NSF Seeking Proposals at the Interface of Computing, Economics

September 15th, 2011 by Erwin Gianchandani Post a comment »

NSF seeking proposals at the intersection of computing and economics.The National Science Foundation’s Directorates for Computer and Information Science and Engineering (CISE) and Social, Behavioral, and Economic Sciences (SBE) have issued a joint solicitation for interdisciplinary research and education projects that develop new knowledge at the interface of between computer science and economics & social sciences.

From the RFP:

An important research interaction has emerged at the interface of computing and economics and social sciences. The synergy between these fields creates a rich opportunity for studying questions that involve interconnected systems with economic and social aspects. This research interaction has already led to the identification of a number of underlying principles and research themes. These include network structures in economic interaction, theories of learning in the context of such networks, welfare properties of equilibria, the design of mechanisms with constraints, the complexity of computing equilibria, the robustness of equilibria, and the roles of information, reputation, and trust in economic and social interactions. These principles provide lines of attack on a set of important applications [including] the emergence of new kinds of on-line markets, the roles of economic issues in the architecture of the Internet, the design and analysis of markets in the developing world, and the roles of social and economic networks in innovation and knowledge creation.


The ubiquity of socio-technical networks has led to new … kinds of interactions and transactions… Key features of these new transactions include:


  • parties who may not know or trust each other
  • parties who may be represented by computational agents
  • real-time adaptation and decision making by agents, possibly leading to chain reactions.


Designing decision mechanisms that can govern these increasingly important types of transactions in ways that meet criteria such as fairness, revenue maximization, and efficient resource use is a challenge that requires the expertise of both social and economic scientists and computer scientists.


Traditional concerns of computer scientists such as internet traffic, email, the allocation of computing resources to competing processes, and many more may be managed using economic and social choice mechanisms to achieve better utilization and reduction of the nuisance and harm caused by such adversaries as intruders and spammers. Good incentive mechanisms are also needed to mediate the interactions among infrastructure providers, service providers, and clients for computing and communication infrastructure and services. Mechanisms are also important in driving multi-agent software systems towards socially desirable goals. These questions may require a new understanding of simultaneous collaboration and competition among self-interested agents.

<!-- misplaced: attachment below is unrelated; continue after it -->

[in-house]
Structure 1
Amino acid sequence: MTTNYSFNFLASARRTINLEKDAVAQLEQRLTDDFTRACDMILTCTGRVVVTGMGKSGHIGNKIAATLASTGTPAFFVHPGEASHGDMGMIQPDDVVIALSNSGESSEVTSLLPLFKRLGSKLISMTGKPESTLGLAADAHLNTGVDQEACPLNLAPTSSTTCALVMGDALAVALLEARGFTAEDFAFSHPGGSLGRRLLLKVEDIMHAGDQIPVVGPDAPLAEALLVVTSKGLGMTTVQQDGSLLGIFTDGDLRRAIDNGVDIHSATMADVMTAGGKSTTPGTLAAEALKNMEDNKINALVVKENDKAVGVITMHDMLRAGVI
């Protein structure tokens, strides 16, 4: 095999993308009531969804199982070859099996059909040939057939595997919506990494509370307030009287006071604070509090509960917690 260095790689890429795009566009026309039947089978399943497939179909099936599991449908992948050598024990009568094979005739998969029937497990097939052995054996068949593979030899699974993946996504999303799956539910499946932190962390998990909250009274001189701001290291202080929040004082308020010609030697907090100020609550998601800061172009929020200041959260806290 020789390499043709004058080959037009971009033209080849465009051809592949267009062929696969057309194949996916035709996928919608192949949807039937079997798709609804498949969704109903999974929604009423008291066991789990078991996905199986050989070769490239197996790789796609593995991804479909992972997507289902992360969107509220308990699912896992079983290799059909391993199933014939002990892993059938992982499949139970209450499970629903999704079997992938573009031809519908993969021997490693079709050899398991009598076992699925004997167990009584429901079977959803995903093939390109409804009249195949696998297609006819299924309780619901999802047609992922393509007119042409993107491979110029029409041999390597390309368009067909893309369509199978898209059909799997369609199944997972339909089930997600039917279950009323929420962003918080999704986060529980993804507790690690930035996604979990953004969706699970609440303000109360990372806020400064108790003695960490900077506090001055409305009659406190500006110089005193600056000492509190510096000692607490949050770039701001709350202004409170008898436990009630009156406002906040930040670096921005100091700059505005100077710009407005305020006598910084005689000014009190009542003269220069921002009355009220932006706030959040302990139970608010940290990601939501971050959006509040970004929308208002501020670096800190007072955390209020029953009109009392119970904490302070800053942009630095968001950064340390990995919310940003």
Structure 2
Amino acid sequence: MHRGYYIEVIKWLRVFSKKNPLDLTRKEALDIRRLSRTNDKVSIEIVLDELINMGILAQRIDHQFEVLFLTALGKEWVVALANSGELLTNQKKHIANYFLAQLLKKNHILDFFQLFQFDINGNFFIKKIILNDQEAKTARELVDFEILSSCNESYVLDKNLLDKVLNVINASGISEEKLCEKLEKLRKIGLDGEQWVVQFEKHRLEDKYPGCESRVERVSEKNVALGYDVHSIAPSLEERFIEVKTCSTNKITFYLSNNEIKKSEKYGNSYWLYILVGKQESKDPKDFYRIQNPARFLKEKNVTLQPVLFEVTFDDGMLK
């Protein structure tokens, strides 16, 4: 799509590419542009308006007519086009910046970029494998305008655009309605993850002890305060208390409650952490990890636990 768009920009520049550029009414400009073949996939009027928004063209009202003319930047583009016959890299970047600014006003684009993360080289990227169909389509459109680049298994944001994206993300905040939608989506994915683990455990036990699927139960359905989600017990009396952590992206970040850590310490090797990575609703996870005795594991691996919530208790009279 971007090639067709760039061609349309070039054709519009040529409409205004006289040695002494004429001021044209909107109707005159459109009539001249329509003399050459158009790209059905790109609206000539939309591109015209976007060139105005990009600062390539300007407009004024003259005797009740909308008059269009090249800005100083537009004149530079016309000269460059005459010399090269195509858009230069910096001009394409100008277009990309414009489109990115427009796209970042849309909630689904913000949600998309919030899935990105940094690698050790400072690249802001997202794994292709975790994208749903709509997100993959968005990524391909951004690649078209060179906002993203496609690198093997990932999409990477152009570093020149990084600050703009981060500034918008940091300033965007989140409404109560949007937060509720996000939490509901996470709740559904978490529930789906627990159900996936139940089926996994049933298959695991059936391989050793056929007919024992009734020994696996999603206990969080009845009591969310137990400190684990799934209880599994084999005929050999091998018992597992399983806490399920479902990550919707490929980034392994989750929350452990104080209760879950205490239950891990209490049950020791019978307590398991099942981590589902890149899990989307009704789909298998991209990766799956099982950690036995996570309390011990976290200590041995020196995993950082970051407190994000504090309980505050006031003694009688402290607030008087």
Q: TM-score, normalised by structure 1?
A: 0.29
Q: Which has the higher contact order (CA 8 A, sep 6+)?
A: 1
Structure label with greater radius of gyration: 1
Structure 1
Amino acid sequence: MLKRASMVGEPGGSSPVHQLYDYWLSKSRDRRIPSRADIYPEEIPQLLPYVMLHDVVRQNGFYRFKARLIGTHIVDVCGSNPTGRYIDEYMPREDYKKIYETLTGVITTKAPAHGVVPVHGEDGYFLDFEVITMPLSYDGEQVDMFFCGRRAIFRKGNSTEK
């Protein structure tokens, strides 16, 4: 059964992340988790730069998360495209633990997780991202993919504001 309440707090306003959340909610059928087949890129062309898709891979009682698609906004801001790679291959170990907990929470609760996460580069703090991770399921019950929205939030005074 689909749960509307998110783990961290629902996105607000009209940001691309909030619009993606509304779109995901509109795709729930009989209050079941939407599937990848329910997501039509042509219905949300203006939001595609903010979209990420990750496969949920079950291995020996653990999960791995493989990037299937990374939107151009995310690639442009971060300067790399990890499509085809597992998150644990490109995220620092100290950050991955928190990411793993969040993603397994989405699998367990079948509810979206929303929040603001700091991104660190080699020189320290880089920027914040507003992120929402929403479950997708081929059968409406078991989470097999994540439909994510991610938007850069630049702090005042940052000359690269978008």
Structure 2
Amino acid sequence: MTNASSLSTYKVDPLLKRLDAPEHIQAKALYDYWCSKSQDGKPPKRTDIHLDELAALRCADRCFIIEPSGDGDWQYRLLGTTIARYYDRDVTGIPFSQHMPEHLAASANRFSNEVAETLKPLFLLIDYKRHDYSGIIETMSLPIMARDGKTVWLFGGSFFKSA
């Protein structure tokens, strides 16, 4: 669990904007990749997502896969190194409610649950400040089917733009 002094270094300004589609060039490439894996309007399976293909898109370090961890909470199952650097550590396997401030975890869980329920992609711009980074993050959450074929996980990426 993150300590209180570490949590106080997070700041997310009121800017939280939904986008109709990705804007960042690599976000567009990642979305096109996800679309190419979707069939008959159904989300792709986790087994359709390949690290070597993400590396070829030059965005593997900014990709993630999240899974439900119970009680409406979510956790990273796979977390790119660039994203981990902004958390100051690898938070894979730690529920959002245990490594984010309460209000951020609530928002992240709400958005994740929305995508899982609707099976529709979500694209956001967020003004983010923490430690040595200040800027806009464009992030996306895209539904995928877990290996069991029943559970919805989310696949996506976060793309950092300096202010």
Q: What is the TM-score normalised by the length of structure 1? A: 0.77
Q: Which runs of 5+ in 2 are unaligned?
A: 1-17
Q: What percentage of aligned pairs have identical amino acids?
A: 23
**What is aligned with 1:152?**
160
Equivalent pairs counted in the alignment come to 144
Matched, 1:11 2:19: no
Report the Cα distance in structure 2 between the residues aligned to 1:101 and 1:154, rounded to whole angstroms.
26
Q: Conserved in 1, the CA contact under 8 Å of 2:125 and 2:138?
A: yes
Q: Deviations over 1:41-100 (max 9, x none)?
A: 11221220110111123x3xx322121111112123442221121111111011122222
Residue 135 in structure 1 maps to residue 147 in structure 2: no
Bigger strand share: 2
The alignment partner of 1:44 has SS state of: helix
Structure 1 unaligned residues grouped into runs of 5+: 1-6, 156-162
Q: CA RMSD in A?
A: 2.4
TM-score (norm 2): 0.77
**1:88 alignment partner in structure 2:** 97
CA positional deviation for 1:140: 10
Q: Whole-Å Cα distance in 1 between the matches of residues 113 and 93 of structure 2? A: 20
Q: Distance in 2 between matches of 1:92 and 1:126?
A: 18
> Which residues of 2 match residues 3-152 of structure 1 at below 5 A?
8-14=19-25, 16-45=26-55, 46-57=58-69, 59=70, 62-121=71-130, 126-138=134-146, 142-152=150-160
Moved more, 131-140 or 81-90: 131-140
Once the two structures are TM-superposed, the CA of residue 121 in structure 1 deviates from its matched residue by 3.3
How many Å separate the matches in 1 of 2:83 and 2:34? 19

Conversely, an algorithmic/computational perspective has the potential to change the types of questions considered by social and economic scientists. For example, Nash and other equilibria lie at the hearts of theories about the behavior of economic agents. Computational concepts can help characterize the range and robustness of possible equilibria and markets for which the computation of equilibria is intractable. Theories of strategic learning by selfish agents, studied both in economics and computer science, can shed light on the dynamics of how agents arrive at equilibria. Theories of the spread of information or gossip in networks can help explain and contain (or propel) the chain reactions that can arise.

Of particular note per the solicitation:

  • Algorithmic approaches and analyses for social science questions involving resource provision and allocation in noisy, distributed and/or unsynchronized environments, collective decision making, and related topics; and
  • Mechanisms that use ideas from social and economic science to improve the performance of computing systems and other systems of multiple, self-interested agents.

Full proposals — in the small and large categories — are due between November 21 and December 6, 2011NSF expects to award $6.5 million to 10 to 20 projects.

For complete details, see the official solicitation. And for past awards through this program, click here.

(Contributed by Erwin Gianchandani, CCC Director)